Diaries DiariesRSS FeedFeeds

Giant steps

Our Ashes win down under is definitely our best achievement to date

Charlotte Edwards

February 21, 2008

Text size: A | A

The sweet sound of success: the team outside the Sydney Opera House after the win © Getty Images

We've just arrived in Christchurch after our historic Ashes win. It was a great game of cricket. Although our main aim was to retain the Ashes, to win the game as convincingly as we did was an amazing feeling. We had our critics saying we were only going for the draw, but I think we proved we wanted to win.

We said at the start of the Test that we needed to win eight sessions to secure the win, and I believe we won nine of them outright. The two crucial moments for me from the game were bowling Australia out for 154 on a good pitch in the first innings, with Isa Guha taking a five-fer, as well as mine and Tails' (Claire Taylor) record partnership of 159 in our first innings. Tails and I realised we were at a crucial point in the game when we were 26 for 2 and that it was up to us to maintain the upper hand that we had from the first innings if we were to get a first-innings lead.

It was one of the most important innings I've played for England. I was obviously disappointed to miss out on my hundred but pleased that due to that partnership we had a first innings lead of 90 runs.

I'm really pleased for Isa. She's had a tough start to the tour, missing out on the one-dayers, but she took her opportunity after Jen Gunn was left out through injury. She stepped up to the mark and proved once again that she's a top performer at international level, and thoroughly deserved her Player of the Match Award.

Our acting head coach Mark Lane was instrumental in us winning the match. He broke the game down into sizeable chunks so we could take it session by session, and that proved key. Having Jack Birkenshaw, the vastly experienced ex-Leicestershire and England bowler, here was also invaluable. Together they form a great partnership and we recognise how fortunate we are to have them on board.

Isa Guha gets Karen Rolton for the second time in the Test © Getty Images

Bowral was a fantastic venue for the game. We were all looked after extremely well by the Bradman volunteers. We had really good crowds every day, which created a fantastic atmosphere around the ground. Overall the game was a huge success for women's cricket and I think generated a whole new following to the game, which is great going forward. Hopefully, we can have more Test matches in years to come, especially against Australia.

We've had some great support in Australia from family and friends who were over following our progress, and it's also great to see that the result has generated some positive media coverage both over here and back in the UK. We've had loads of calls and texts from people congratulating us after they saw the result in the papers, and that's been brilliant.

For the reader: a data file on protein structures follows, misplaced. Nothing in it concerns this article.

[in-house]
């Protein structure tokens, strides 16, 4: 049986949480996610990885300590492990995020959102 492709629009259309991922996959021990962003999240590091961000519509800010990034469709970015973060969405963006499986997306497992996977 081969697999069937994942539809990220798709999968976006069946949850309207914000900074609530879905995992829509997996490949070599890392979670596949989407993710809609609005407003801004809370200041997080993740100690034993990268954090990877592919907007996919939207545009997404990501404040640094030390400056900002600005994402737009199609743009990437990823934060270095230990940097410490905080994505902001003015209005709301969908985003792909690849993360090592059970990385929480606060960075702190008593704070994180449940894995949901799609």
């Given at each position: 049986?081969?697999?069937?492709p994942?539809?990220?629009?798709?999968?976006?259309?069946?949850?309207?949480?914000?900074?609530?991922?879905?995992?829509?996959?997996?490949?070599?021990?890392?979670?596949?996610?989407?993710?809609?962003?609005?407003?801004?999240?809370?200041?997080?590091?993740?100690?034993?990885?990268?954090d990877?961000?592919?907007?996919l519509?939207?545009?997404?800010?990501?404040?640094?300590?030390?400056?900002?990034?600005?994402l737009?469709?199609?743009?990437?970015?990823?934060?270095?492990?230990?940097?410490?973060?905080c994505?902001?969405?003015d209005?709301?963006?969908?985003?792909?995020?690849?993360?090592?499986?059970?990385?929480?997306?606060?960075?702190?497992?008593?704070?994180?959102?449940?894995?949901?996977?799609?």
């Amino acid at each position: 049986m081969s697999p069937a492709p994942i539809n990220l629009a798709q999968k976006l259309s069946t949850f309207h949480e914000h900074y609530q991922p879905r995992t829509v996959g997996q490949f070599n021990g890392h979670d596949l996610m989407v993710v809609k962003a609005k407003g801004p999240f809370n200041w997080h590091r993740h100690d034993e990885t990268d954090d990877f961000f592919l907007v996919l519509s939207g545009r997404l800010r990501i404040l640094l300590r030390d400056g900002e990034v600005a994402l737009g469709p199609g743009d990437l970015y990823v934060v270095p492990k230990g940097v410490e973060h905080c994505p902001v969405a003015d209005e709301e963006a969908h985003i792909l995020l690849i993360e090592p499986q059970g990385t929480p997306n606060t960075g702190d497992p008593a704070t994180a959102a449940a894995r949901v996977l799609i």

Winning the Ashes in Australia is definitely our best achievement to date. I'm obviously ecstatic, but I'm not sure it's hit me just yet. While we did celebrate and enjoyed every minute of it, our attention has had to move quickly onto the five-match ODI series in New Zealand which starts in under a week.

It's a really tough schedule but we've had ample preparation and we're all up for it. Although they beat us in the summer, we're confident we can do really well here - which would top off a great winter tour.

I'm really excited that Katherine Brunt is back in the squad following a back injury. She's been bowling really well and I look forward to her pulling on an England shirt in the near future. In between all the cricket, I'm really pleased to be back in Christchurch, another one of my favourite cities (behind Sydney) and can't wait to go and explore the city centre shops and sights when I get five minutes!

Charlotte Edwards' Ashes tour diary will be published weekly on Cricinfo

© ESPN Sports Media Ltd.

Email Feedback Print
ESPNcricinfo staffClose

    Big-hearted, broad-shouldered Davo

Alan Davidson was a fine allrounder, who has spent his life serving Australian sport in various capacities. By Ashley Mallett


Rob Steen: Who knew the Middle East would one day become the centre of a cricket-lover's universe?

    Dhawan's bouncer problem

Aakash Chopra: Why the Indian opener would be well advised to shelve the hook and pull in Australia

    The last cricket bookseller

The home of Australia's first, and possibly last, full-time dealer of his kind is a treasure trove of cricket literature amassed over 45 years. By Russell Jackson

The English resistance to attacking batsmanship

Jon Hotten: It has taken England ages to get over its obsession with defensive batting

News | Features Last 7 days

Pakistan should not welcome Amir back

The serene team culture cultivated by Misbah and his men shouldn't be allowed to be disrupted by a player with a tainted past

November games need November prices

An early start to the international season, coupled with costly tickets, have kept the Australian public away from the cricket

'I'm a bit disappointed not to get that Test average up to 50'

Mahela Jayawardene reflects on his Test career, and the need to bridge the gap between international and club cricket in Sri Lanka

A two-decade long dream

In 2011, MS Dhoni helped end a 28-year wait for India and gifted Sachin Tendulkar something he had craved throughout his career - to be called a World Cup champion

The wow and the sheesh

Coloured clothes, black sightscreens, two white balls: the game of cricket looked so different in 1992. But writing about it now seems more fun than watching it then

News | Features Last 7 days